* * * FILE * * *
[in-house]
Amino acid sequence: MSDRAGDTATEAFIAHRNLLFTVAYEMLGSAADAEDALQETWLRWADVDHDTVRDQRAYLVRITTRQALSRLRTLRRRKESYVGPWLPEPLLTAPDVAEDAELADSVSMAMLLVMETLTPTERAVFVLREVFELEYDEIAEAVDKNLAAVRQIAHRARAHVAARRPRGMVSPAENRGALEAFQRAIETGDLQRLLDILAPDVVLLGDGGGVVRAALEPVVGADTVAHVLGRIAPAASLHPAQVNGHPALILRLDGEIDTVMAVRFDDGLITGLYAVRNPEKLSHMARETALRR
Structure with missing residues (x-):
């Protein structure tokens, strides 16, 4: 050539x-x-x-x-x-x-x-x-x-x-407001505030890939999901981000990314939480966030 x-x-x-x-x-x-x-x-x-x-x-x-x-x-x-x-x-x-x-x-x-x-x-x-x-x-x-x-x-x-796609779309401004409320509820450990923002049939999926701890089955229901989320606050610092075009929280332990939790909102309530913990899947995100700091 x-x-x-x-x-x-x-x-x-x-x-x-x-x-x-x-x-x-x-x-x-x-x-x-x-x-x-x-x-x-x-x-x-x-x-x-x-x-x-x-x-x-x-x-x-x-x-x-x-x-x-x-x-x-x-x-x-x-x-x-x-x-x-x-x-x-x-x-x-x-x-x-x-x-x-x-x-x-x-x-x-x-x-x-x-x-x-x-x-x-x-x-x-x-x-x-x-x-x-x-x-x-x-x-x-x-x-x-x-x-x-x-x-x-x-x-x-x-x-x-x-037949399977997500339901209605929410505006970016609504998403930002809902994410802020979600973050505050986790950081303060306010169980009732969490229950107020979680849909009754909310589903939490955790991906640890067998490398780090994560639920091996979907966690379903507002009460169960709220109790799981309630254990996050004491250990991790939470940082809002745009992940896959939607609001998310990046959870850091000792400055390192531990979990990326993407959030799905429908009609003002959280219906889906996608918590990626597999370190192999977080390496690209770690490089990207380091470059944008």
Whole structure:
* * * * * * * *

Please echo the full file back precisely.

[in-house]
Amino acid sequence: MSDRAGDTATEAFIAHRNLLFTVAYEMLGSAADAEDALQETWLRWADVDHDTVRDQRAYLVRITTRQALSRLRTLRRRKESYVGPWLPEPLLTAPDVAEDAELADSVSMAMLLVMETLTPTERAVFVLREVFELEYDEIAEAVDKNLAAVRQIAHRARAHVAARRPRGMVSPAENRGALEAFQRAIETGDLQRLLDILAPDVVLLGDGGGVVRAALEPVVGADTVAHVLGRIAPAASLHPAQVNGHPALILRLDGEIDTVMAVRFDDGLITGLYAVRNPEKLSHMARETALRR
Structure with missing residues (x-):
């Protein structure tokens, strides 16, 4: 050539x-x-x-x-x-x-x-x-x-x-407001505030890939999901981000990314939480966030 x-x-x-x-x-x-x-x-x-x-x-x-x-x-x-x-x-x-x-x-x-x-x-x-x-x-x-x-x-x-796609779309401004409320509820450990923002049939999926701890089955229901989320606050610092075009929280332990939790909102309530913990899947995100700091 x-x-x-x-x-x-x-x-x-x-x-x-x-x-x-x-x-x-x-x-x-x-x-x-x-x-x-x-x-x-x-x-x-x-x-x-x-x-x-x-x-x-x-x-x-x-x-x-x-x-x-x-x-x-x-x-x-x-x-x-x-x-x-x-x-x-x-x-x-x-x-x-x-x-x-x-x-x-x-x-x-x-x-x-x-x-x-x-x-x-x-x-x-x-x-x-x-x-x-x-x-x-x-x-x-x-x-x-x-x-x-x-x-x-x-x-x-x-x-x-x-037949399977997500339901209605929410505006970016609504998403930002809902994410802020979600973050505050986790950081303060306010169980009732969490229950107020979680849909009754909310589903939490955790991906640890067998490398780090994560639920091996979907966690379903507002009460169960709220109790799981309630254990996050004491250990991790939470940082809002745009992940896959939607609001998310990046959870850091000792400055390192531990979990990326993407959030799905429908009609003002959280219906889906996608918590990626597999370190192999977080390496690209770690490089990207380091470059944008």
Whole structure: